The nation receives a considerable quantity of food and livelihood assistance from the aquaculture sector. Fish, algae, and other creatures are harvested, bred, and raised in many kinds of aquatic environments. It is also referred to as aquaculture. It also has the fastest rate of food industry growth. Currently, 47% of the seafood consumed comes from aquaculture. So, with the right steps, aquaculture can become a significant economic source for Bangladesh.
Another notable benefit of marine resources is their ability to produce medical facilities. Large-scale problems, including human health, sustainable food production, environmental cleanup, and energy issues, can be handled via marine biotechnology. Marine microorganisms are an extremely valuable source of medicine. Eight natural marine compounds have received clinical approval to treat cancer, pain, and Alzheimer’s disease. Marine biotech might significantly contribute to the creation of the newest antibiotics.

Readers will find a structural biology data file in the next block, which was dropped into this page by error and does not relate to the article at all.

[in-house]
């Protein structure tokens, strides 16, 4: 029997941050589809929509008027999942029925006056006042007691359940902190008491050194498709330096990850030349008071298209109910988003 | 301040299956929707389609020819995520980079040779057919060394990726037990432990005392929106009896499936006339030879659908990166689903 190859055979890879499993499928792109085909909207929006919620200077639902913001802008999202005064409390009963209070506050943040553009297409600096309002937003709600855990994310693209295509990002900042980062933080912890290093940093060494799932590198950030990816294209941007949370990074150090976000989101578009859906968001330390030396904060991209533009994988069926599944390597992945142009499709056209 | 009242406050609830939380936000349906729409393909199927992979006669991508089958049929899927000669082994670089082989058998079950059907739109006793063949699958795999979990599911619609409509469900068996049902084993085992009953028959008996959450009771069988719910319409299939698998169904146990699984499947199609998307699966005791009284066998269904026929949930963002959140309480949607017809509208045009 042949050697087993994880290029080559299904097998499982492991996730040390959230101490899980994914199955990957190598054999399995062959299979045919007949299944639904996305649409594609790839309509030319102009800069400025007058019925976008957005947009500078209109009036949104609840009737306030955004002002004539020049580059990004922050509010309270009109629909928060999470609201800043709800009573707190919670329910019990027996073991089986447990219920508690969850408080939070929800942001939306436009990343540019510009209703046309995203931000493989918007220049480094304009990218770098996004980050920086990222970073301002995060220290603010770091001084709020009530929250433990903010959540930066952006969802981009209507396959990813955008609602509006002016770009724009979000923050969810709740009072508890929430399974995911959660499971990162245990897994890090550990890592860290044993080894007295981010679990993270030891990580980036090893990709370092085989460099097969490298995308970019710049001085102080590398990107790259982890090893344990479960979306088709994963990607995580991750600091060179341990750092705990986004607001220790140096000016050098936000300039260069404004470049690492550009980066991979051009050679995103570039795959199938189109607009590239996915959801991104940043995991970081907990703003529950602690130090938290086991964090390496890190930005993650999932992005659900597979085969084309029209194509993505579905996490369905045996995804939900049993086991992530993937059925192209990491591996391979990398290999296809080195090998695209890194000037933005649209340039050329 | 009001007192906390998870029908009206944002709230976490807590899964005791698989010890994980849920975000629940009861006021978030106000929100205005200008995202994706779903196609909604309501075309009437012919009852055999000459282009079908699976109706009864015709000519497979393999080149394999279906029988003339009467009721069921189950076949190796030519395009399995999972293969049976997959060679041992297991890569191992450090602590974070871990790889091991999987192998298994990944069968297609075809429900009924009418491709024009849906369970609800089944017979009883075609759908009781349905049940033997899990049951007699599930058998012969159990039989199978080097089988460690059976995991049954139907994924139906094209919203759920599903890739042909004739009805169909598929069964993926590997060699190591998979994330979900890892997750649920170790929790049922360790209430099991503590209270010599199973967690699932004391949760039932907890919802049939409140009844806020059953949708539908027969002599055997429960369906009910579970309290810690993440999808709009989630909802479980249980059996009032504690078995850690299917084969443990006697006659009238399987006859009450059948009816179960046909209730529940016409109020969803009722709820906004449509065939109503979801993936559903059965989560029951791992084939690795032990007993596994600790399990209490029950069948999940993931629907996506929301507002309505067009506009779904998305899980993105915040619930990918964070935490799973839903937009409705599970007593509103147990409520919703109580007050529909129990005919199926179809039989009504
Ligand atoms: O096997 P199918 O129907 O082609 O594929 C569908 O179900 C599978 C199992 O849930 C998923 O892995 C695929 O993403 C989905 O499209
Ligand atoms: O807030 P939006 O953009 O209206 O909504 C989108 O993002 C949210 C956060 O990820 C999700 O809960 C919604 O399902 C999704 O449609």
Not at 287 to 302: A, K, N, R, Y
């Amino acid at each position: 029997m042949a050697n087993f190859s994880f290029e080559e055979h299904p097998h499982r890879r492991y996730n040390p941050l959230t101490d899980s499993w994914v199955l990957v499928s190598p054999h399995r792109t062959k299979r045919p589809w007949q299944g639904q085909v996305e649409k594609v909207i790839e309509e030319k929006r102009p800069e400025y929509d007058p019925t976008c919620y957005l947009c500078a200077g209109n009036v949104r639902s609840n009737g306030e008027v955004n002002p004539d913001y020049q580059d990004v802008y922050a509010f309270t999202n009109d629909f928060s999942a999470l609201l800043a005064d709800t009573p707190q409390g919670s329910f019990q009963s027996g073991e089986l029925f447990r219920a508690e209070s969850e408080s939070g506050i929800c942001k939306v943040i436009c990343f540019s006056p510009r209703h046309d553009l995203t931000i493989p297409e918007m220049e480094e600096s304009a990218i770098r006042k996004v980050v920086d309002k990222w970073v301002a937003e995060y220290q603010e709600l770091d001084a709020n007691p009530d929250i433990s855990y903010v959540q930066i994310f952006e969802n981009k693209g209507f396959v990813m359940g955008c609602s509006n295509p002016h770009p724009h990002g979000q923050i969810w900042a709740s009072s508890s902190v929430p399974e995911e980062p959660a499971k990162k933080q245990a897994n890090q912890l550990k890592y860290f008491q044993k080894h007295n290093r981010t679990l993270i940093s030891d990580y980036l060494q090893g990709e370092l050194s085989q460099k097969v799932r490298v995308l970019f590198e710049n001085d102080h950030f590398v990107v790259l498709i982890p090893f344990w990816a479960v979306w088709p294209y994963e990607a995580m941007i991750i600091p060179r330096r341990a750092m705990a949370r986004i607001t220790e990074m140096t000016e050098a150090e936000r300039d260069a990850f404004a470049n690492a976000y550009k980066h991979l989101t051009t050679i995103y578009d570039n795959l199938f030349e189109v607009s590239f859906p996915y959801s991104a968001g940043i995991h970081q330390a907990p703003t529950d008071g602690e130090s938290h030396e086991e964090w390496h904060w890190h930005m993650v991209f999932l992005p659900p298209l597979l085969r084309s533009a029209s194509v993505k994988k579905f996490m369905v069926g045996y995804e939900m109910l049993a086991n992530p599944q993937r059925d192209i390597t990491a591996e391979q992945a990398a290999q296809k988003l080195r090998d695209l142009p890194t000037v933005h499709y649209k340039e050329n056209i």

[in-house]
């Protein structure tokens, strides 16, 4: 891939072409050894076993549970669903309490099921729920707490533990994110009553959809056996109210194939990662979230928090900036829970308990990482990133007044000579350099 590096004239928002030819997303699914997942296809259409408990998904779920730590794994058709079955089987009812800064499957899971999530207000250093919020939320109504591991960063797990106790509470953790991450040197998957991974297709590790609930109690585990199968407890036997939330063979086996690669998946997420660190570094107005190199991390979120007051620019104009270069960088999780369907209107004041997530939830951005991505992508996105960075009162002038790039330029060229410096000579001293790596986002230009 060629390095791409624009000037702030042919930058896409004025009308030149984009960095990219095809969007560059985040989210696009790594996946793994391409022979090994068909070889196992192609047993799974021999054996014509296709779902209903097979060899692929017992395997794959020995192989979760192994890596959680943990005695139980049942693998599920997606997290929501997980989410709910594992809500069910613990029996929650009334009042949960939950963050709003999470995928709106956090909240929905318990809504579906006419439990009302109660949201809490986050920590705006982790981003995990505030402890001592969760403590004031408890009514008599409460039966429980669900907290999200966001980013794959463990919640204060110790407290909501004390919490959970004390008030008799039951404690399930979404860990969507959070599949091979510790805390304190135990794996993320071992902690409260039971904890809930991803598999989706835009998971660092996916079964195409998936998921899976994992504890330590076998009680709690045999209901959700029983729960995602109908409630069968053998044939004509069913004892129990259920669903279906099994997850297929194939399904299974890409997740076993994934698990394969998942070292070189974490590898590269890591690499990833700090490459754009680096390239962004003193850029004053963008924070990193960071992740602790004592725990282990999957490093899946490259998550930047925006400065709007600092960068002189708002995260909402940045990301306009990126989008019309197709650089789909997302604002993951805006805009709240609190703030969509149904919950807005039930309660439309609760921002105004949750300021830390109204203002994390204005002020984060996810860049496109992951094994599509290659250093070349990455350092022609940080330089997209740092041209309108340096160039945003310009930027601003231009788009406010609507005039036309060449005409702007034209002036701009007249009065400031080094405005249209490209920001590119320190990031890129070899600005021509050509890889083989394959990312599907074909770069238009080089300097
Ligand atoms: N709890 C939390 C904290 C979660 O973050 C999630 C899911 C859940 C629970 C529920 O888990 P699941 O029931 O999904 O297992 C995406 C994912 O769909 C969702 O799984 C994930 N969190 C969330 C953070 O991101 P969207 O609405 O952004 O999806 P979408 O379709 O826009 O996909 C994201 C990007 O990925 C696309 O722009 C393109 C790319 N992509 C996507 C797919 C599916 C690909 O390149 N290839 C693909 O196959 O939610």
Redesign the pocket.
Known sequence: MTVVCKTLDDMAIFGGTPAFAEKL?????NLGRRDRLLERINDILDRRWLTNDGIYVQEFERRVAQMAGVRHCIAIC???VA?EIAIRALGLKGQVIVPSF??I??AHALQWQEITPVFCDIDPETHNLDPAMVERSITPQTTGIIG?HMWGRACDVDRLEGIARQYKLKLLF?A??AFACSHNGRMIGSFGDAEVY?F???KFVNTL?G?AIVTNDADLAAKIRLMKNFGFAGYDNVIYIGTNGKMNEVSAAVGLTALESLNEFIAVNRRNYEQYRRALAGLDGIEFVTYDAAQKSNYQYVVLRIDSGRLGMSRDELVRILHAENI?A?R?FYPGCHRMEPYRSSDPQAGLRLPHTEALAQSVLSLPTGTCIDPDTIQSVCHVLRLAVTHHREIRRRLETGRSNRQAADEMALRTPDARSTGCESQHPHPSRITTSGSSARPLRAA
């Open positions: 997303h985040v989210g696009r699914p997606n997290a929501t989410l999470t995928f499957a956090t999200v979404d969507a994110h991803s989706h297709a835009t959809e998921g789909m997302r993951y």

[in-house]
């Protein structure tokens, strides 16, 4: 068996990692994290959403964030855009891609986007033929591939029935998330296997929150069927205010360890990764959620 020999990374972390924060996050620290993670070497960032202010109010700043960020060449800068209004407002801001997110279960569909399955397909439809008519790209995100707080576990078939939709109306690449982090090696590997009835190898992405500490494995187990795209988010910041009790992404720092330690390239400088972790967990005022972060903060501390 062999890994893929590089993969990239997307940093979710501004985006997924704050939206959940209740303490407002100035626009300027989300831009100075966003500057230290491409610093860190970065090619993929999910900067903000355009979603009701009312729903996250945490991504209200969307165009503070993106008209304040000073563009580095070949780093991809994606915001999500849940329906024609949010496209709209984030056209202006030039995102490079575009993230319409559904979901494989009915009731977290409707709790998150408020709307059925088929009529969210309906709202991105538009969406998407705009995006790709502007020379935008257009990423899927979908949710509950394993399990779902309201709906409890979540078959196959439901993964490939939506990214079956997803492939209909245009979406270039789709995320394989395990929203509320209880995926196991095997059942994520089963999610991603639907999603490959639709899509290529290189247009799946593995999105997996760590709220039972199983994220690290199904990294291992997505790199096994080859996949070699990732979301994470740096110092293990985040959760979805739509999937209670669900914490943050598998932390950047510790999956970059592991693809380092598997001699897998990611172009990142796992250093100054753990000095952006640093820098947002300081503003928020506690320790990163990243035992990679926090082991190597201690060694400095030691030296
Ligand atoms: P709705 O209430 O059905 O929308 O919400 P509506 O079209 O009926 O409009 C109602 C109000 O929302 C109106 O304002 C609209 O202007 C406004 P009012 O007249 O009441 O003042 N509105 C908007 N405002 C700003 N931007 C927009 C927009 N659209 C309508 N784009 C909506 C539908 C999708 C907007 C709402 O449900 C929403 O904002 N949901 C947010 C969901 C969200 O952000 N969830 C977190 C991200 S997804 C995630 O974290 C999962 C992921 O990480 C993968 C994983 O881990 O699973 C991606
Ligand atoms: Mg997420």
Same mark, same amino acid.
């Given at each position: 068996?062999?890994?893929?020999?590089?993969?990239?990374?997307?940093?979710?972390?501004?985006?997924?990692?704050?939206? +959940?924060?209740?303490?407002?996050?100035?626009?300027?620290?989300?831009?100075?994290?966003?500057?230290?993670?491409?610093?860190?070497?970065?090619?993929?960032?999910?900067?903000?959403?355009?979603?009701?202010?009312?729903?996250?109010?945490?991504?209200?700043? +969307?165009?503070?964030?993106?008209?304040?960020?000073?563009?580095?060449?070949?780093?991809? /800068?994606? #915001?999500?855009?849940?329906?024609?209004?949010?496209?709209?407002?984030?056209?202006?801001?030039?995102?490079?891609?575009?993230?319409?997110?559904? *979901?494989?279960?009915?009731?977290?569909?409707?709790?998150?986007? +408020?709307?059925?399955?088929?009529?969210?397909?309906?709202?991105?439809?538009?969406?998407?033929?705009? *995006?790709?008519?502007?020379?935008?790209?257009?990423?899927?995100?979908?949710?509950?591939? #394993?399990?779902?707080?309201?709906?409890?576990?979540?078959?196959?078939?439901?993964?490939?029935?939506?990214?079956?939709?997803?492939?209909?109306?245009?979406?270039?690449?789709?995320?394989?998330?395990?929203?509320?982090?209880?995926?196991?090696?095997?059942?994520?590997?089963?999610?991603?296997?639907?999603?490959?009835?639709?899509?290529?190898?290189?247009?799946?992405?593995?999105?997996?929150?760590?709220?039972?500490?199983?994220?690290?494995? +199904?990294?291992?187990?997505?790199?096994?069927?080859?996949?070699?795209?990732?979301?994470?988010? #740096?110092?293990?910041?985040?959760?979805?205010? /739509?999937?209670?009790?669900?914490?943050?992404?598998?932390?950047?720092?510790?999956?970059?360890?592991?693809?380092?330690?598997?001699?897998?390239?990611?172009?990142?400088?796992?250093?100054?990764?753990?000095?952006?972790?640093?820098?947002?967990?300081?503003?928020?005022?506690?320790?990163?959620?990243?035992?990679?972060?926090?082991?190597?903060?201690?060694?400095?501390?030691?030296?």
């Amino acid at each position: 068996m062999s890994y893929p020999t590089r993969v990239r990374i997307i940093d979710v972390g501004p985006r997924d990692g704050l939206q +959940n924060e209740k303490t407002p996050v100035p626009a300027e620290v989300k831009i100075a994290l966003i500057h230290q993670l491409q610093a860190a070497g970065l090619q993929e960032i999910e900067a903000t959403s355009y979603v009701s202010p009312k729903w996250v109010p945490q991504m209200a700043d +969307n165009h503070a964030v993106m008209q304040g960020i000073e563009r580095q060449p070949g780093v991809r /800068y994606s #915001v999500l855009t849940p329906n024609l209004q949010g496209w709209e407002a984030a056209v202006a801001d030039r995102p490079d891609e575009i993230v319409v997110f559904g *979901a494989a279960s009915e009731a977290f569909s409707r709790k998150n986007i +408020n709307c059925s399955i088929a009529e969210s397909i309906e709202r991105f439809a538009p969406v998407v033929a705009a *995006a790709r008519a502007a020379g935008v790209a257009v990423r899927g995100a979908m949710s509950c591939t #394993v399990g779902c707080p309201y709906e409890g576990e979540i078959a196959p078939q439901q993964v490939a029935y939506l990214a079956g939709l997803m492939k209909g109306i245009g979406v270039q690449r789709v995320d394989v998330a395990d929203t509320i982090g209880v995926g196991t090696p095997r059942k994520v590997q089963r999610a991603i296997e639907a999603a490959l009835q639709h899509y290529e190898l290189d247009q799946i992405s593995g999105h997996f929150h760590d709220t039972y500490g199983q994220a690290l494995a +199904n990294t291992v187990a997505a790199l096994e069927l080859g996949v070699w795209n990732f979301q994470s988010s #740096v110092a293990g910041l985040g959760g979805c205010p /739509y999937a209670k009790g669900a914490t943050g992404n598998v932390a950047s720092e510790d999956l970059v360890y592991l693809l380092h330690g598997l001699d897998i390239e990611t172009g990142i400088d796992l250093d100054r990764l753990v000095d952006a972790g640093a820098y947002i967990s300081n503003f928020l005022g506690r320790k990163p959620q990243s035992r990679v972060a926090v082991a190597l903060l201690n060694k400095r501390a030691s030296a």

Due to their large capital requirements, maritime firms are seen to be ‘high risk’; however, these risks may be decreased by making informed and timely decisions. Because of this, discreet business owners are gaining more and more from this field. The government is undoubtedly a significant stakeholder in the marine sector. The long-term survival of a marine firm is exceedingly difficult without the government’s involvement and the right measures. Stakeholders believe that governments should support innovative business models that promote growth. Also promoting subsidies for newly founded companies would promote long-term viability. The creation of those new firms, as well as the expansion of the national economy, will both profit from subsidies.
Author- Mohammad Sifat